People are more at risk of developing depression if they internalize bad stuff, assuming they are personally and solely responsible when a relationship ends or when a business venture doesn't get off the ground. If something doesn't work the way you wanted it to, ask yourself: "Okay, what factors outside of my control contributed to this not working?" Was it the economy? Was it the large geographical distance in the relationship? The fact that the bank didn't lend the money they said they would?

See your responsibility as a realistic part of the picture - not the whole picture itself. And if you were totally responsible, what mitigating circumstances might there be (the fact that a newborn kept you awake all night before your exam)? Externalizing bad stuff makes the prospect of 'failure' less daunting than feeling that if you fail it means you're a total idiot.

This isn't about dodging blame, but objectively seeing when outside factors influenced an undesired outcome.

3) Forget about 'failure/success'

Once upon a time, when you were tiny, you didn't fear failure because 'failure' was something that you hadn't yet learned as an idea. Part of the trick in overcoming paralyzing fear of failure is to return to some of that innocence and forget about 'failure' and 'success'; just enjoy the process of seeing how far you can take something. This is what happens when people flow into 'the zone' in which all thoughts of past or future disappear into one timeless moment of pure present focus.

4) No failure; only feedback

Yes, I know this one's a cliché, but it's true. We learn what works by what doesn't. If we don't try, we don't learn. Early humankind didn't just invent the production of fire. Many attempts - perhaps some of them retrospectively ridiculous - had to be made. But the end was always kept in mind.

Keep an open mind. Think in terms of 'feedback' and 'results'. A good scientific researcher will see results from a study, rather than success or failure; results that need to be considered objectively.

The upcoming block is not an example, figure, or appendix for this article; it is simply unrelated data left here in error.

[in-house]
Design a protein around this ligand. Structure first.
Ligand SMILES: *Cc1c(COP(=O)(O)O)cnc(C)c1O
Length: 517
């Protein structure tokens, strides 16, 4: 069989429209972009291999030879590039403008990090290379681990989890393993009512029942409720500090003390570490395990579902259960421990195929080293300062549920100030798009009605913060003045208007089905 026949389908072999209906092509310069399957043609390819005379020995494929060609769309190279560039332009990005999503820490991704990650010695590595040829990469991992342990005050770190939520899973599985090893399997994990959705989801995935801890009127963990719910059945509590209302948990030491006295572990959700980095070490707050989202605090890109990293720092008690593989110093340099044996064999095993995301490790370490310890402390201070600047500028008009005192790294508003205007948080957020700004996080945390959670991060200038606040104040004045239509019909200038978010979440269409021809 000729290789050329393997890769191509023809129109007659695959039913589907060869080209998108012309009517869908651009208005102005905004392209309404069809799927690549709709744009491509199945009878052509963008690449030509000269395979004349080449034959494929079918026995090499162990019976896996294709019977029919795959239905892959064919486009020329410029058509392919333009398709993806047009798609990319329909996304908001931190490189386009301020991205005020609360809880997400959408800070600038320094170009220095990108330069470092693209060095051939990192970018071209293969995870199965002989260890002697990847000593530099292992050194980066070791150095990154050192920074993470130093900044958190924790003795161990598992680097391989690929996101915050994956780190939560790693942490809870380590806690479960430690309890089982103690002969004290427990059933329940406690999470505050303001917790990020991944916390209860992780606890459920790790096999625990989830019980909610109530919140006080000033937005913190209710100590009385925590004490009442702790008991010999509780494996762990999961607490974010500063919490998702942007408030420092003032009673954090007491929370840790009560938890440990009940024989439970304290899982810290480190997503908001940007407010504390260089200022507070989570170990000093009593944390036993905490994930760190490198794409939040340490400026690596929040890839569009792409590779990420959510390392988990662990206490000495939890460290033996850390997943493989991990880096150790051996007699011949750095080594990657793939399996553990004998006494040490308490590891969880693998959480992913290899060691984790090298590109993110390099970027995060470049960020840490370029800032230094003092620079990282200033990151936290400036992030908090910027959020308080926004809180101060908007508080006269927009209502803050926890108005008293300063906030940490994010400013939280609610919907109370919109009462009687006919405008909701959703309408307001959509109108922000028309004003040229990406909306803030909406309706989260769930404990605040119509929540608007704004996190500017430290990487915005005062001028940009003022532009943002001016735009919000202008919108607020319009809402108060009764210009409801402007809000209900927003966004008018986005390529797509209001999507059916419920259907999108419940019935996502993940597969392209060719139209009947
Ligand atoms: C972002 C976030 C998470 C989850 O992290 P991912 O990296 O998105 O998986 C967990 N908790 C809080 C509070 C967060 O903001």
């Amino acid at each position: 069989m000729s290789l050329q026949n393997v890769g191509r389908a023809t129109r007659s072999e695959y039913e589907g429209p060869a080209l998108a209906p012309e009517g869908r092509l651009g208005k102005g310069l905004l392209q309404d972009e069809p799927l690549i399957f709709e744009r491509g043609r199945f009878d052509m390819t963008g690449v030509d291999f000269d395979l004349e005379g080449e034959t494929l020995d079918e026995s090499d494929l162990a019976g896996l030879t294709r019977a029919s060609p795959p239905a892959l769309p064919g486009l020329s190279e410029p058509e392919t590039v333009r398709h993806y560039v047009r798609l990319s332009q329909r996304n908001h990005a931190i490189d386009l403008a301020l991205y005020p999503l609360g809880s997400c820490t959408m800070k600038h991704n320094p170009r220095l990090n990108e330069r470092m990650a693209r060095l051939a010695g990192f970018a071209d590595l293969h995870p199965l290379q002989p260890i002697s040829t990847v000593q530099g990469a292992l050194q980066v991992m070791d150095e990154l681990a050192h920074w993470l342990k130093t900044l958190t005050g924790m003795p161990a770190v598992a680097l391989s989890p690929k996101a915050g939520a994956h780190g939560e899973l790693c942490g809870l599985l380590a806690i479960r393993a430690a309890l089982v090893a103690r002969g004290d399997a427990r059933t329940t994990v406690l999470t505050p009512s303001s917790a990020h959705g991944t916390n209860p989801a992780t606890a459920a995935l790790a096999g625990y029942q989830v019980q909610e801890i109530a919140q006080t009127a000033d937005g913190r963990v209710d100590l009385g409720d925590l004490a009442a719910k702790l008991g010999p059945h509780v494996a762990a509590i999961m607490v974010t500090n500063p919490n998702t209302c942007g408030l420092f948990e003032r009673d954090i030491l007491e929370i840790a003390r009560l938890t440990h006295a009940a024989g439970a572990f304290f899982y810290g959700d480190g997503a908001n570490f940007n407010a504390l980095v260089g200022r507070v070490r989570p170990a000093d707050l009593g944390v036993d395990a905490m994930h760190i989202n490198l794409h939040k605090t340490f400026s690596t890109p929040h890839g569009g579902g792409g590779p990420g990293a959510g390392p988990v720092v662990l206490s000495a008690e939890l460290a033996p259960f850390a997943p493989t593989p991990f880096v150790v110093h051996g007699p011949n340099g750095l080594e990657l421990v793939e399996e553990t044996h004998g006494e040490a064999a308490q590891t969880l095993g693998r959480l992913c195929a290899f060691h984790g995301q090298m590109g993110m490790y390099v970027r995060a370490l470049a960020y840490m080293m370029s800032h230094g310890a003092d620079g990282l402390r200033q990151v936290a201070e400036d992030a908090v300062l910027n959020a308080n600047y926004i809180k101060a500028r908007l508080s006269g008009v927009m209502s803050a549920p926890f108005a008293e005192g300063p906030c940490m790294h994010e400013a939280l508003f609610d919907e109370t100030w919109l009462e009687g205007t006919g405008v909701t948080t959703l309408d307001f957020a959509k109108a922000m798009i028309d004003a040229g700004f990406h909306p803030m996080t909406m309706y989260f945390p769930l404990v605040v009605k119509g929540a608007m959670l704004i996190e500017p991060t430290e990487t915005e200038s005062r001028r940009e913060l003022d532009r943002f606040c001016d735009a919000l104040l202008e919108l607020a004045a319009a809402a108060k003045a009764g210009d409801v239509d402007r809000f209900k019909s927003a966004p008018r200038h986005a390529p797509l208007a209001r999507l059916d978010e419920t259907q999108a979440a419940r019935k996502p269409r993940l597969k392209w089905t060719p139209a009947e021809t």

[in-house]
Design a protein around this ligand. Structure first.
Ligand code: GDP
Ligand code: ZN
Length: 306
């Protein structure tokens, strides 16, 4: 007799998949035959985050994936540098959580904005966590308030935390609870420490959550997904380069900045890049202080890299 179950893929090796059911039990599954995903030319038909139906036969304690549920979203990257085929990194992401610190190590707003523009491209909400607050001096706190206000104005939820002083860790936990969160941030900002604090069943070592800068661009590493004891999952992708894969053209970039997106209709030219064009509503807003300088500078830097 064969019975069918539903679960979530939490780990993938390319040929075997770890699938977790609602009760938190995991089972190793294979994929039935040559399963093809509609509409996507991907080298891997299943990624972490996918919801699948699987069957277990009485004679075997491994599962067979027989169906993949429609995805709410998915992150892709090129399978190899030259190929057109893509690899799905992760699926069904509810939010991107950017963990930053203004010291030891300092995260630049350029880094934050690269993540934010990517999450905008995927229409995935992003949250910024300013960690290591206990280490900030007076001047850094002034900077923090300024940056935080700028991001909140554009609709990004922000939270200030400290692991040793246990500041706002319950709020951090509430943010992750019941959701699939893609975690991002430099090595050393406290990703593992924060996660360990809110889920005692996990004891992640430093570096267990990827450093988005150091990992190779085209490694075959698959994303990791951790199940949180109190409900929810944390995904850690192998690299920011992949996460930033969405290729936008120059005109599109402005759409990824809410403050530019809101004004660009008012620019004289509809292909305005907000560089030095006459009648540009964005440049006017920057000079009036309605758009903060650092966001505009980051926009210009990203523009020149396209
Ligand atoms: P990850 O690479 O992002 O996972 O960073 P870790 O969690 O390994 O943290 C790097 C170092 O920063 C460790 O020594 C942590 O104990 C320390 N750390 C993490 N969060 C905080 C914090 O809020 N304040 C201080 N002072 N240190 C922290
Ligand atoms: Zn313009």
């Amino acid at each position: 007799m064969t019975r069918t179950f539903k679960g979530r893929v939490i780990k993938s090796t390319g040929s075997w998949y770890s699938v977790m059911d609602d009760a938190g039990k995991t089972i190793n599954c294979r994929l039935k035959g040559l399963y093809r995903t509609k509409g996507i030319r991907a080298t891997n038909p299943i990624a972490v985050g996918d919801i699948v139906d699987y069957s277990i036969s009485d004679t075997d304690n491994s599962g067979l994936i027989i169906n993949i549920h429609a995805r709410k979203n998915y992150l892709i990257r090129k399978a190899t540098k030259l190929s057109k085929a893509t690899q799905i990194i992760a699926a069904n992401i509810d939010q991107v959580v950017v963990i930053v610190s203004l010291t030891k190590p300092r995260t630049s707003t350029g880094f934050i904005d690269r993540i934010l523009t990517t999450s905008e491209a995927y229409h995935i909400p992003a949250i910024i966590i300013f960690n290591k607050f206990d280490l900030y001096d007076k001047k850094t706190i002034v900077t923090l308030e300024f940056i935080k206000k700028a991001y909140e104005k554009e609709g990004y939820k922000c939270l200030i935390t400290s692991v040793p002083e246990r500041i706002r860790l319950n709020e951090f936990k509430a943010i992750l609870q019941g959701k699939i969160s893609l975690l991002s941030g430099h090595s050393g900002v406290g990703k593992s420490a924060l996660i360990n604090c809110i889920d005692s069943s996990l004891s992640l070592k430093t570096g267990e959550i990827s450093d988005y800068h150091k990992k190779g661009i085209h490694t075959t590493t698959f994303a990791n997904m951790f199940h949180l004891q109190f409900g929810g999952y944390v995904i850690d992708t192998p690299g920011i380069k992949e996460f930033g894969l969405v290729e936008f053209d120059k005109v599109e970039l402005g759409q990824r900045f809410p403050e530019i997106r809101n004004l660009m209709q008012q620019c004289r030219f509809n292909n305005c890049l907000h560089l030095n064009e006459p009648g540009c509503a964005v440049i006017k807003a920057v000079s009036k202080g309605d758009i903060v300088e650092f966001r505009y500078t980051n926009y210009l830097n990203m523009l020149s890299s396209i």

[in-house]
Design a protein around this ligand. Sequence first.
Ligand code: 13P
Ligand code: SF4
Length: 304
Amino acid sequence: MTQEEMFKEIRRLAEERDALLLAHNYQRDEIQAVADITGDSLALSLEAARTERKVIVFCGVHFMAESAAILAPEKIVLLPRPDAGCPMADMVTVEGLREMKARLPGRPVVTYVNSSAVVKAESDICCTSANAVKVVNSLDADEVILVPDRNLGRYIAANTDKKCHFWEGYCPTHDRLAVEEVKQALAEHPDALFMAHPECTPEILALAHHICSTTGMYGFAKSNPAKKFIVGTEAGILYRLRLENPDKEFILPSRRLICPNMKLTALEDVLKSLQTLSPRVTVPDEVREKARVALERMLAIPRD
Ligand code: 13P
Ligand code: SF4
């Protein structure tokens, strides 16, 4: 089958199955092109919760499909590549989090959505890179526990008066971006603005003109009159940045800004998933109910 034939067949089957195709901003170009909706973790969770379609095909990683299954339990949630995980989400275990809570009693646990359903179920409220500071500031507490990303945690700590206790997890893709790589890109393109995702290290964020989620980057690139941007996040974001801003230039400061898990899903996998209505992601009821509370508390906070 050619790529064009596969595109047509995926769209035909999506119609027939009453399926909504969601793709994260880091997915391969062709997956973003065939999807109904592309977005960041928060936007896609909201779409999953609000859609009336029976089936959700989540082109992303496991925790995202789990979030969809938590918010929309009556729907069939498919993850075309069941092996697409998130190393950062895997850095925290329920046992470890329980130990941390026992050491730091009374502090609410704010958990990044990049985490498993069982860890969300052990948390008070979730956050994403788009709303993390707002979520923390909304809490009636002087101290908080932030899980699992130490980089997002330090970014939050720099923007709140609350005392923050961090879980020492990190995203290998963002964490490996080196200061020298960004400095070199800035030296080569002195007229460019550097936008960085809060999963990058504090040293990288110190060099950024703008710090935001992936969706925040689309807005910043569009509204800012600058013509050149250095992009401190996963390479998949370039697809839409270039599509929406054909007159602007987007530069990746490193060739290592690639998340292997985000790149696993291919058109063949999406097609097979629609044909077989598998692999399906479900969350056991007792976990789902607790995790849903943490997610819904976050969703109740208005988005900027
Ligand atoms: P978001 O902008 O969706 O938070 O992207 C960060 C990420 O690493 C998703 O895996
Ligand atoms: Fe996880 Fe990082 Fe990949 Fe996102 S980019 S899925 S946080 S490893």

If something doesn't work, great! Now you know to do things differently. Successful sports or business people need to do the same: "What happened here? How can that be improved? Which bits worked better than others?"

Forget 'failure', which is, sometimes, just the name of the landscape you need to travel through to find eventual success. Remember, truly confident people aren't the ones who know for sure they'll succeed; they're the ones who know they'll handle failure if it happens.

5) Be bold, take action

Get into the habit of seeing how much you can 'fail' at. Take classes, learn something, try new things; it's a numbers game. Put yourself out there and get used to attempting stuff. The most successful people are often just the ones who try the most things.

Avoidance of opportunity is no way to travel through life. What people forget is that to speed up your rate of success, you need to quicken your rate of failure - not always try to avoid it through inaction. And if you predict you'll fail at something and then you do, you'll have actually succeeded in your prediction - something that UK weather forecasters don't seem to be too hot at.

6) Know what success means for you

Fear of failure so often means fear of failing other people's expectations, which, deep down, might not be your idea of success. What does success mean to you? A sense of meaning and purpose helping others? A healthy body and good friends? A place in the sun? Mastering an activity?

For many, success has come to mean the acquisition of wealth, but we know that gaining more and more money (after about £50,000/$80,000 a year) in income doesn't make us increasingly happier. Really think about what you would feel to be successful and bear in mind it might not look like success to some others.

After all, it's your life.

7) Envisage attempting in the best way possible

If your attempt is as good as it can be and you still fail (perhaps because of outside factors), then remember the attempt was a success.

When I work hypnotically with someone who is nervous about taking their driving test, I don't get them to visualize passing their test. When working with the nervous job interviewee, I don't get them to 'see themselves' being offered the job. Why? Because this is not the right focus.

I can't make the driving examiner pass my client, but I can help my client be suitably calm and focussed during the test itself. We focus on making the attempt as successful as it can be and let the outcome of that attempt take care of itself. Forget eventual outcomes and focus on attempting well.

Think of something you have been afraid of attempting through fear you might fail.

And what of Josh, who felt pressured to get a mortgage and a company pension but really wanted to pursue something else, who had to learn to see his own dreams as more valid than ones placed upon him from outside? He felt he didn't have the nerve, but it turns out he did. The last I heard, he'd escaped the choking quicksand of doubt and was simultaneously running a school for would-be Hollywood stuntmen and had started a charity for a cause close to his heart.

Success comes in many sizes and each one of us needs to find our perfect fit.

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Published by Mark Tyrrell - in Fears and Phobias